The Dominican Republic has a love affair with guns that makes Virginia and Texas look like Sweden. (When I lived there, it seemed that everyone was packing heat.)
And many in DR society are not known for, shall we say honest and ethical behavior. (See Transparency International report.) The Dominican Republic was rated in 21st place of 31 countries in the Americas. (The higher the number the more corrupt.) That put it as more corrupt than Mexico and El Salvador. But less corrupt than Honduras and Haiti.
To be fair, there are honest politicians. Organizations that try to end corruption and make the government more responsive to the citizenry, such as Citizen Participation, are growing in influence. But they still have a long way to go.
Besides the civic groups, the DR is fortunate to have strong and independent media. The pursuit of stories by some Dominican reporters can and do make many politicians and government leaders nervous.
So with the use of guns in the DR as common as Tombstone in 1880 and political leaders looking to prevent reports of their activities, no one was surprised that some journalists were shot at while pursuing a story of questionable use of government vehicles.
Below is a summary of the event from DR1, a news service that translates the Spanish-language news into English.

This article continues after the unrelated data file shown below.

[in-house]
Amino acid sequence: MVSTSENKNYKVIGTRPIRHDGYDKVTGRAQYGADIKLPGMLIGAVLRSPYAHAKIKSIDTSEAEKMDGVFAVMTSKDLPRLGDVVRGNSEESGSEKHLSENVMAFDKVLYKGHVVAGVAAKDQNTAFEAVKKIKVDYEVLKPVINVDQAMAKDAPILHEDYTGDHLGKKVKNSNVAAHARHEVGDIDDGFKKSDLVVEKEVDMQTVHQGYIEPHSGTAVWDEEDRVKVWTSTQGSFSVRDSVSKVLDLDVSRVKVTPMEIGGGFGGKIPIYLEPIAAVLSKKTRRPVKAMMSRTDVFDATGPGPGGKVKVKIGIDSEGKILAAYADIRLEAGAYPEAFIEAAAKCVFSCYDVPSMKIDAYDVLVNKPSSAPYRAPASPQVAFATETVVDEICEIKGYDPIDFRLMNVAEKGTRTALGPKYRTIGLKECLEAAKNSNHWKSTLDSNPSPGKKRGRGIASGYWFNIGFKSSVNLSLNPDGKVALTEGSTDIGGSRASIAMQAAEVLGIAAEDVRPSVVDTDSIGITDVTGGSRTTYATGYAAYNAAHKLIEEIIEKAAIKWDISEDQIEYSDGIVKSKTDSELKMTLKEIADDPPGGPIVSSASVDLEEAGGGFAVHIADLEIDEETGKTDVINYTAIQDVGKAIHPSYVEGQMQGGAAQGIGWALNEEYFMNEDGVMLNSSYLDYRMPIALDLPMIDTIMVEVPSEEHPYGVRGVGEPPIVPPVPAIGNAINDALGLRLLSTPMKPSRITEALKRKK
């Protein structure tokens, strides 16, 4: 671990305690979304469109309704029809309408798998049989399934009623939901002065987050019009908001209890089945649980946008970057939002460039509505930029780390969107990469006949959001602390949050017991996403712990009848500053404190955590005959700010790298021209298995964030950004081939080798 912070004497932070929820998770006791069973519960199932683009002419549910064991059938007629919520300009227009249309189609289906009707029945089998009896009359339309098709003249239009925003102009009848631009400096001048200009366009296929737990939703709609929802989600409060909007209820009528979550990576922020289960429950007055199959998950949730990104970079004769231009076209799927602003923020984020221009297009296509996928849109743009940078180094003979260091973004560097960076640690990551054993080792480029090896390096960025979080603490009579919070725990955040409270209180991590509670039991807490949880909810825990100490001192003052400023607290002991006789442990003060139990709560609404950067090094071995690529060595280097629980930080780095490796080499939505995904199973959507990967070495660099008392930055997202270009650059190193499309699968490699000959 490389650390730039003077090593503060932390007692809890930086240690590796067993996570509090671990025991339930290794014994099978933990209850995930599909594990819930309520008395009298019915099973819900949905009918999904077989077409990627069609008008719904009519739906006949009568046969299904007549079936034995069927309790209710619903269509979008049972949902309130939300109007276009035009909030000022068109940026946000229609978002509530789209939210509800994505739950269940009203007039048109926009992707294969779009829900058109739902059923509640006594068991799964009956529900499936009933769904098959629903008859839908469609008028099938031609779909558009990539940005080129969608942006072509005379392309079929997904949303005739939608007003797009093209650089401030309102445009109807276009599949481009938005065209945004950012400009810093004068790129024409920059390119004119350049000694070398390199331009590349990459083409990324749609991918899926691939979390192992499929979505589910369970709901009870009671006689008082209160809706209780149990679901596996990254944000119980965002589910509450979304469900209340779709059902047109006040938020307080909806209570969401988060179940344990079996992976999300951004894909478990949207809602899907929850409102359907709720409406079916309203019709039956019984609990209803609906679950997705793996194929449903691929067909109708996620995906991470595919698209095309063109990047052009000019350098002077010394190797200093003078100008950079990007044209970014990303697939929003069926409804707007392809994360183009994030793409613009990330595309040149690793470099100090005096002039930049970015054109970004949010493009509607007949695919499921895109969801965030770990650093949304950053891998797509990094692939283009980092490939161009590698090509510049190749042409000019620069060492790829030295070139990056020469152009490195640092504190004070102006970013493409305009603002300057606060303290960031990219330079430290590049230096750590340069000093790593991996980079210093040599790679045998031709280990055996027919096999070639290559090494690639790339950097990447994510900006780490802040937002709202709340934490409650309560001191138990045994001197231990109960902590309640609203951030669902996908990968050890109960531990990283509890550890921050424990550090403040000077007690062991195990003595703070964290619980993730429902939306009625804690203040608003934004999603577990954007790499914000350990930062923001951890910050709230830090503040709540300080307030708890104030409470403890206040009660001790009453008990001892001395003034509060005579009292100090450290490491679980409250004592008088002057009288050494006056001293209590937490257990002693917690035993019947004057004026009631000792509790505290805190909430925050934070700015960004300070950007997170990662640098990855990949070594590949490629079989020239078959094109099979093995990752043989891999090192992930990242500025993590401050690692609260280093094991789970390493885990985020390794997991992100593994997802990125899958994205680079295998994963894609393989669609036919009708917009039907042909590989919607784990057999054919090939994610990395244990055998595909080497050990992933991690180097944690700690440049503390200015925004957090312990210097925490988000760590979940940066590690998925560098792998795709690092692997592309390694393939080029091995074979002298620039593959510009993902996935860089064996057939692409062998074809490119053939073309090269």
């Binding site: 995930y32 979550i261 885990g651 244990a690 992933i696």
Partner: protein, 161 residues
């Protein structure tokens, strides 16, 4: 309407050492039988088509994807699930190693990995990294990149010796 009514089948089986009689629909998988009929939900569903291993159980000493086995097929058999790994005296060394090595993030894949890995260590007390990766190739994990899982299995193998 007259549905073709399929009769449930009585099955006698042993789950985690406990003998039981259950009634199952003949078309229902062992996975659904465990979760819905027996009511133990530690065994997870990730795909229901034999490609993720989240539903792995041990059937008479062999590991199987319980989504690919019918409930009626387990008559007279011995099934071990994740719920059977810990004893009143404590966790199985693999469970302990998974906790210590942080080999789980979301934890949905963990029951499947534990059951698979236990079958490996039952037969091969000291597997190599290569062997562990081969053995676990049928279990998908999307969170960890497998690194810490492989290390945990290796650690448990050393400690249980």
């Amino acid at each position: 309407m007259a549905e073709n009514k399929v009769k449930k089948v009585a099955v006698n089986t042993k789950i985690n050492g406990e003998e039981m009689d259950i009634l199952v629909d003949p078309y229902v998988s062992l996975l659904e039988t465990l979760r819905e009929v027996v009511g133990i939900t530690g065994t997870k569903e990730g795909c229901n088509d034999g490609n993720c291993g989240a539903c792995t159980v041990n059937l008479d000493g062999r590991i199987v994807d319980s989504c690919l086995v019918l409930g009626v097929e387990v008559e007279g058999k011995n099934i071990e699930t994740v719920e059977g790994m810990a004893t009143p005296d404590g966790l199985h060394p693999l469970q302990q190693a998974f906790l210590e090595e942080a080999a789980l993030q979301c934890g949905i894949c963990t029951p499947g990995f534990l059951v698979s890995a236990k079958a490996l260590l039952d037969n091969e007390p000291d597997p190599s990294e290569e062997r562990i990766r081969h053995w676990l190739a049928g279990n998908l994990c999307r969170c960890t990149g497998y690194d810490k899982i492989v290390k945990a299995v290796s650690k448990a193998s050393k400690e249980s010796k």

Note: The PLD, the Dominican Liberation Party, is the ruling party. La Romana is a city about an hour from the capital of Santo Domingo. In the recent past, drug runners brought their product in either by boat to the La Romana port or by airplanes with late-night landings on the new highway leading to the city. (Some landed at the regional airport after making the proper “contributions” to local political leaders and security forces.)
Who shot at Alicia’s reporters?
For several weeks reporters for El Informe, the SIN channel investigative television show hosted by Alicia Ortega, have been trailing trucks loaded with appliances from the Lottery headquarters to several PLD warehouses. According to the reporters, on Friday night their vehicle was following a truck from the National Lottery to a Price Stabilization Institute (INESPRE) building in La Romana where it unloaded its cargo of appliances. The SIN reporters say that they were shot at by armed men in a gray and black L200 Mitsubishi and another that the SIN reporters could not identify due to the darkness, except for the fact that it was flying the PLD flag. The shooting occurred just outside San Pedro de Macoris.
In La Romana, the PLD candidate for re-election in the Senate is Amarilis Santana, who happens to be married to National Lottery administrator Enrique Martinez.
A video of the incident was broadcast on El Informe de Alicia Ortega Monday night.